BBS Proteins Affect Ciliogenesis and Are Essential for Hedgehog Signaling, but Not for Formation of iPSC-Derived RPE-65 Expressing RPE-Like Cells
Bardet-Biedl syndrome (BBS) is a ciliopathy characterized by retinal dystrophy, renal cysts, obesity and polydactyly. BBS genes have been implicated in ciliogenesis, hedgehog signaling and retinal pigment epithelium maturation. BBS1 and BBS5 are members of the BBSome, implicated in cilia transport of proteins, and BBS10 is a member of the chaperonin-complex, mediating BBSome assembly. In this study, involvement of BBS1, BBS5 and BBS10 in ciliogenesis and hedgehog signaling were investigated in BBS-defective patient fibroblasts as well as in RPE-hTERT cells following siRNA-mediated knockdown of the BBS genes. Furthermore, the ability of BBS1-defective induced pluripotent stem-cells (iPSCs) to differentiate into RPE cells was assessed. We report that cells lacking functional BBS5 or BBS10 have a reduced number of primary cilia, whereas cells lacking functional BBS1 display shorter primary cilia compared to wild-type cells. Hedgehog signaling was substantially impaired and Smoothened, a component of hedgehog signaling, was trapped inside the cilia of the BBS-defective cells, even in the absence of Smoothened agonist. Preliminary results demonstrated the ability of BBS1-defective iPSC to differentiate into RPE-65 expressing RPE-like cells. The BBS1-/--defective RPE-like cells were less pigmented, compared to RPE-like cells differentiated from control iPSCs, indicating an impact of BBS1 on RPE maturation.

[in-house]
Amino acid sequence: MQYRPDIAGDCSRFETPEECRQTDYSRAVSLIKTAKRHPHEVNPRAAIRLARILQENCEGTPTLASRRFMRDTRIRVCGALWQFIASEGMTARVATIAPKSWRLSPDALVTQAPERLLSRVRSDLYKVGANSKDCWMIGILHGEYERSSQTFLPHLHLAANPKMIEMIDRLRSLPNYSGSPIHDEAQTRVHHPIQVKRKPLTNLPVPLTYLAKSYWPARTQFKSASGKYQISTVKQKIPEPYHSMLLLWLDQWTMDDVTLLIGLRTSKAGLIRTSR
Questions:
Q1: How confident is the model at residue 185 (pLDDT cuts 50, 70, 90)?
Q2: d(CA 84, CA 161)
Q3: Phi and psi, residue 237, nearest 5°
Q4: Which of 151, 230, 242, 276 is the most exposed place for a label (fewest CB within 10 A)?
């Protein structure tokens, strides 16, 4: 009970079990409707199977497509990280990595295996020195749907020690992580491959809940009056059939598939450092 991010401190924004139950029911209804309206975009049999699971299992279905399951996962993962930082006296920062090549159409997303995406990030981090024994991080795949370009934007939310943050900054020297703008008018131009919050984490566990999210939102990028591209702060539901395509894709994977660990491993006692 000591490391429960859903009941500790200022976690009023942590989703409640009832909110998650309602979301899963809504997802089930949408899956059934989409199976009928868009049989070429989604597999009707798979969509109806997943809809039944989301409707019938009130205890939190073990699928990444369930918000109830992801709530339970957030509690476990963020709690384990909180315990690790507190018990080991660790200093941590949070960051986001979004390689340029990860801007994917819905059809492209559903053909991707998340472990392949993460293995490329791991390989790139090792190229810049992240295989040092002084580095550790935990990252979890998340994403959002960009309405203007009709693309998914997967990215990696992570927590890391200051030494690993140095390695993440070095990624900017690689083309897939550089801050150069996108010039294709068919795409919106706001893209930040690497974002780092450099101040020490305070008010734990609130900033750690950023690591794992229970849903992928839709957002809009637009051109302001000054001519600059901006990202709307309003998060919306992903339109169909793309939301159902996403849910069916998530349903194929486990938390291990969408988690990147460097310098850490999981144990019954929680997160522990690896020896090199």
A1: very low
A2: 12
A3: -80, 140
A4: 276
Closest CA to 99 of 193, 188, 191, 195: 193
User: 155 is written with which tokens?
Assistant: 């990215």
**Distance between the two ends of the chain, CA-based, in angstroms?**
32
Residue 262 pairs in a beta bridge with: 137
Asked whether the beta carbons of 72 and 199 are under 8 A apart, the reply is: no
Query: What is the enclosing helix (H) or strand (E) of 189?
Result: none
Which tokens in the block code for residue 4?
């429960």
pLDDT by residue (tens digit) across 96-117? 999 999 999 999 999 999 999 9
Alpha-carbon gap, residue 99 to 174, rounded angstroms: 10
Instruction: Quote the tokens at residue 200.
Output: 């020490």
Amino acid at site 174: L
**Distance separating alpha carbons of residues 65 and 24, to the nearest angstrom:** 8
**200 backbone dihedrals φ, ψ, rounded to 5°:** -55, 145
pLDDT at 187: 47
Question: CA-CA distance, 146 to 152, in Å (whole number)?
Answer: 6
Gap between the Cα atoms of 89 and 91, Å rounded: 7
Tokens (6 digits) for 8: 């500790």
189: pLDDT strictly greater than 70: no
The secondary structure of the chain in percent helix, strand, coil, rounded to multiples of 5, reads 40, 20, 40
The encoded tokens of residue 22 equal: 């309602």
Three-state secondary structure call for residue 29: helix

|Authors||Hey CAB, Larsen LJ, Tümer Z, Brøndum-Nielsen K, Grønskov K, Hjortshøj TD, Møller LB|
|Journal||International journal of molecular sciences|
|Publication Date||2021 Jan 29;22(3)|